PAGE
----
...unprecedented numbers of college graduates are flocking back to ‘parents’ empty nests’, just as we all thought we had got rid of them!
I have travelled on to Missouri, beginning my third contribution to kiwiboomers, on a balmy evening on the patio outside Arcelia’s Mexicana - the longest established and possibly the best Mexican restaurant in St. Louis. On my second visit, my waitress remembered me - even though tipping does not come easy to me! It must be a good restaurant as a vanload of St. Louis Metropolitan Police just stopped by - presumably not looking for illegal immigrants!
In contrast to NW Ohio ( I did a guest lecture at Bowling Green State University, where I did my PhD in the 1980s), St. Louis has a very different population mix. I have been taking the MetroLink, the light rail system which runs through downtown and out to the airport (just $US3.50 one way). Auckland city planners may do well to look at this system. I am often the only white passenger but the atmosphere is unthreatening, and I have overheard some great conversations. It is interesting, however, that Black American youth persist with the ridiculous fashion of lowering the crotch of their pants around their knees.
Because I have headed south, it is now even hotter and reading of snow drifts in Central Otago (on xtra/Yahoo) seems a little strange. The little device I carry informed that temperatures reached 36C here today, on America’s longest day of the year.
In one of the dafter events of the week, the Vatican issued a set of “Ten Commandments” for car drivers, which ranged from directives that “Thou shall not kill” to “Cars shall not be for you an expression of power and domination, and an occasion of sin’. Try giving AUV owners the latter directive! What is missing from these ‘Commandments’ are the more critical questions for Americans, such as: Is owning a car really necessary? Or is owning more than one car an expression of waste and greed? Or is that car journey really necessary?
The relentless torrent of cars and trucks on American highways (most visible when you fly into a city like Los Angeles or Chicago) makes one worry about dwindling oil stocks, and the almost complete domination of the auto in American life. The Census Bureau report also reports that more Americans than ever are driving alone to work, as car-pooling and public transport use further declines.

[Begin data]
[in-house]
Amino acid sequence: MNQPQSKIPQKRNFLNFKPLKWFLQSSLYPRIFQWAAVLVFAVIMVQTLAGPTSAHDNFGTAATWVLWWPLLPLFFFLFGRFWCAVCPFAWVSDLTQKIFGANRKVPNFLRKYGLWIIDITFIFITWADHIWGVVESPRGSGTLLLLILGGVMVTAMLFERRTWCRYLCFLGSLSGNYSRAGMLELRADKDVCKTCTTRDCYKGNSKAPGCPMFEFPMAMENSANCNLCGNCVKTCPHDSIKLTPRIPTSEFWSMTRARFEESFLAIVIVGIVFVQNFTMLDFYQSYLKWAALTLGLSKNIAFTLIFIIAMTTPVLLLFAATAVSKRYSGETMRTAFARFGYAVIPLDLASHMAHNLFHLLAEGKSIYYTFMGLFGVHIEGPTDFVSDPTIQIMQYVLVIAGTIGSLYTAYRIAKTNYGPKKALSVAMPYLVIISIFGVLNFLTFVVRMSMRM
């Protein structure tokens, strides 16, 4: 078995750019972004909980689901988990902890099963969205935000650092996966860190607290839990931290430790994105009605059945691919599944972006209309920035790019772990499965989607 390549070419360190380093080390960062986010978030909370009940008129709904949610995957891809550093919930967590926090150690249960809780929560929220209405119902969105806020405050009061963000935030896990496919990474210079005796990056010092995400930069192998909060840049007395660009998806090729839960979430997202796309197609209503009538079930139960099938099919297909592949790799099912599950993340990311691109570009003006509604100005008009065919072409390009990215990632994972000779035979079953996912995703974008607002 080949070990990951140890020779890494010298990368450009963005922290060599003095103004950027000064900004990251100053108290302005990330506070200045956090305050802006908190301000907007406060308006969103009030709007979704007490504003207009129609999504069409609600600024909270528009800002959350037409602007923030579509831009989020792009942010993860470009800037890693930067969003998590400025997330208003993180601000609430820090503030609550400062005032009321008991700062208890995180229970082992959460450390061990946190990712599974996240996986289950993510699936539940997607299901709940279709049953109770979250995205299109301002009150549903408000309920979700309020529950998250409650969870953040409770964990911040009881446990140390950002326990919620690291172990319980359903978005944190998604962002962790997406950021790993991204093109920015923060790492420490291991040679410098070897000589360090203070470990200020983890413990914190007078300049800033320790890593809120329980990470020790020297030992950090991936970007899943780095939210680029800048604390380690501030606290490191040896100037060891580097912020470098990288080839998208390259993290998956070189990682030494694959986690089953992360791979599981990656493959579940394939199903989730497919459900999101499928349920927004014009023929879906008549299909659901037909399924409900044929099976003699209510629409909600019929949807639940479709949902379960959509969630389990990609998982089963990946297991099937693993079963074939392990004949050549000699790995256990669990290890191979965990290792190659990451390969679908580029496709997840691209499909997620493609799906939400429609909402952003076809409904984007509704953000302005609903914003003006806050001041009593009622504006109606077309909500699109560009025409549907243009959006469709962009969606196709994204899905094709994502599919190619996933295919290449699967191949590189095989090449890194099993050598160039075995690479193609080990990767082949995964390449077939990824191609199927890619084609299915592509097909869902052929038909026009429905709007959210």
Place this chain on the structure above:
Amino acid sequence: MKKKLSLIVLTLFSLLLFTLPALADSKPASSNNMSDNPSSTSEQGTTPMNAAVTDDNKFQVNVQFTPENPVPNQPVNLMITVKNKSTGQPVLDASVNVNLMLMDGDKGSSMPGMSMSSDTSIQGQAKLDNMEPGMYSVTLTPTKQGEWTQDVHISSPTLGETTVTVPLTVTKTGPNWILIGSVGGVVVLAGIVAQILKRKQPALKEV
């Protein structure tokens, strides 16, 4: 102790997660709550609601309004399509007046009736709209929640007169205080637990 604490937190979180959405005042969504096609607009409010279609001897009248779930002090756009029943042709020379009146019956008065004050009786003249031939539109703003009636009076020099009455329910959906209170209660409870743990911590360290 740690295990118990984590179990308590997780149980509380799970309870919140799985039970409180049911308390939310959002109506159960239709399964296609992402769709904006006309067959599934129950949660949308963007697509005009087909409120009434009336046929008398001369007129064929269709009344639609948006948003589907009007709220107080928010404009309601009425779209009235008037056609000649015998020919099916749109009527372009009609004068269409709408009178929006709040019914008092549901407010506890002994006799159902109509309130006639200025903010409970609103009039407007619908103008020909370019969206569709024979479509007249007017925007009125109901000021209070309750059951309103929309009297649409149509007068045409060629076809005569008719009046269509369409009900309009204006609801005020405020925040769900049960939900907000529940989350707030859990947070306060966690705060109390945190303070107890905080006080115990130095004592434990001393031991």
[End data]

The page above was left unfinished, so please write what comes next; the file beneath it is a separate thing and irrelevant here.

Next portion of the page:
You don’t hear much talk about conservation here, and the price of regular-grade gasoline is going down (averaging just below $US3 a gallon), despite the rising international price of crude oil. Meantime, George Bush is pushing nuclear power because ‘it doesn’t put carbon into the atmosphere’), and grain prices are reaching new levels because of the expanding bio-fuels industry. Even so, the US auto industry continues its slump. In the mid 1980s the Big 3 manufacturers (Chrysler, Ford and General Motors) had 80 percent of the US market; now it is less than 50 percent.
There is more bad news for environmentally concerned baby boomers. Apparently, unprecedented numbers of college graduates are flocking back to ‘parents’ empty nests’, just as we all thought we had got rid of them! This may well be a global trend, threatening to disrupt the carefully-tended domestic environments many babyboomers have grown used to!
On other matters, I have managed to catch Flight of the Conchords on HBO but I do fear that they may be too subtle for many American viewers ( one example - when Conchord Jermaine gets dumped by a newly-acquired girlfriend, she mutters that she “really wanted an Australian, anyway”). With Black Sheep opening in New York this week, Eagle vs Shark in some cinemas, and No.2 (retitled as Naming Number 2) opening in July, the New York Times recently wrote of a ‘New Zealand invasion’ but that is rather too optimistic. Cinemas across the nation continue to be dominated by mainstream popcorn fare such Spiderman 3 and Shrek 3 .
Signs of anti-war sentiment continue to pop up (see photo from the front garden of a stately home on Hickory Street in St. Louis), and Alan Sorkin (The West Wing) continues to take dramatic risks with his new Studio 60 on Sunset Strip.
I head home in a week, after the National Media Education Conference and Research Summit, in downtown St. Louis. I arrive back in New Zealand on June 29; the very same day the the much-touted iPhone is launched in the US. I guess that I will just have to wait like everyone else for it to arrive in New Zealand.